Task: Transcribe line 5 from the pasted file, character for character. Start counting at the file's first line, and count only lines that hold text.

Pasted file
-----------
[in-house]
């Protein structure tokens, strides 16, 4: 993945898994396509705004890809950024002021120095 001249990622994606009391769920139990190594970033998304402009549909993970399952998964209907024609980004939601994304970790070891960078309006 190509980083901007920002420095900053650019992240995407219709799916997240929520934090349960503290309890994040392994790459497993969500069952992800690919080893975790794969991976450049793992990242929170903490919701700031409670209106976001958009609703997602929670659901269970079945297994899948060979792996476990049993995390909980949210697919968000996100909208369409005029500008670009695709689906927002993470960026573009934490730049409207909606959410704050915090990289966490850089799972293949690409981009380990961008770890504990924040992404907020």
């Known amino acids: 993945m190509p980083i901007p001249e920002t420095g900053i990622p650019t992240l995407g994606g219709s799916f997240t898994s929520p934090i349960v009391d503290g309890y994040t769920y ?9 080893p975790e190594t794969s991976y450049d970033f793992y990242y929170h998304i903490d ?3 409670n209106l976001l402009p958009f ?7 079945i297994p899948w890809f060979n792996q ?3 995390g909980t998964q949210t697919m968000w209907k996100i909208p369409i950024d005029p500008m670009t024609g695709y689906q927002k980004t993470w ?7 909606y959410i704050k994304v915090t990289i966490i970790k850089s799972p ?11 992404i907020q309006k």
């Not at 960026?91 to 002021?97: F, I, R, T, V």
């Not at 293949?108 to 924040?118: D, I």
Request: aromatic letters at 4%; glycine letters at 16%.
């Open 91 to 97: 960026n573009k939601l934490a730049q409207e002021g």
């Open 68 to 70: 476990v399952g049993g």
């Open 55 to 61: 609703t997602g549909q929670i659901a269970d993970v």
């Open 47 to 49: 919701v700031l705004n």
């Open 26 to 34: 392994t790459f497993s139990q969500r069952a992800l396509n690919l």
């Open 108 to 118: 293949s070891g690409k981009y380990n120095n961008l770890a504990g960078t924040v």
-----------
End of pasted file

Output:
């Not at 293949?108 to 924040?118: D, I």